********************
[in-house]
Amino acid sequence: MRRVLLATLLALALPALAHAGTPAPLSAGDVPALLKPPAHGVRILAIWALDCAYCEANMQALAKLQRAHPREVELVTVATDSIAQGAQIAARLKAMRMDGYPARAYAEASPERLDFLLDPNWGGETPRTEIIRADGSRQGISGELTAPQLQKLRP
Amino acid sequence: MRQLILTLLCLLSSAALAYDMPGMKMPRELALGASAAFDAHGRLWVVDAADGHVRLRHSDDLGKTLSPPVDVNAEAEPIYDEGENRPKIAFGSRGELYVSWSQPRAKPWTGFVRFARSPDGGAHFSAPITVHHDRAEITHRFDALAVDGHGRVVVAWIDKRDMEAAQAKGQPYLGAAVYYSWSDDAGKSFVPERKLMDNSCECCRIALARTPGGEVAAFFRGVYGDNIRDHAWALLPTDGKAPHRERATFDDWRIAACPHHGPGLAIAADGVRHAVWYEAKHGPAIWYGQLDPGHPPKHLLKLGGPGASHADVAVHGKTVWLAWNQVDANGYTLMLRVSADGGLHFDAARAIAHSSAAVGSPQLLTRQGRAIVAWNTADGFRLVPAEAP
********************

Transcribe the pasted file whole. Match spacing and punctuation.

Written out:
[in-house]
Amino acid sequence: MRRVLLATLLALALPALAHAGTPAPLSAGDVPALLKPPAHGVRILAIWALDCAYCEANMQALAKLQRAHPREVELVTVATDSIAQGAQIAARLKAMRMDGYPARAYAEASPERLDFLLDPNWGGETPRTEIIRADGSRQGISGELTAPQLQKLRP
Amino acid sequence: MRQLILTLLCLLSSAALAYDMPGMKMPRELALGASAAFDAHGRLWVVDAADGHVRLRHSDDLGKTLSPPVDVNAEAEPIYDEGENRPKIAFGSRGELYVSWSQPRAKPWTGFVRFARSPDGGAHFSAPITVHHDRAEITHRFDALAVDGHGRVVVAWIDKRDMEAAQAKGQPYLGAAVYYSWSDDAGKSFVPERKLMDNSCECCRIALARTPGGEVAAFFRGVYGDNIRDHAWALLPTDGKAPHRERATFDDWRIAACPHHGPGLAIAADGVRHAVWYEAKHGPAIWYGQLDPGHPPKHLLKLGGPGASHADVAVHGKTVWLAWNQVDANGYTLMLRVSADGGLHFDAARAIAHSSAAVGSPQLLTRQGRAIVAWNTADGFRLVPAEAP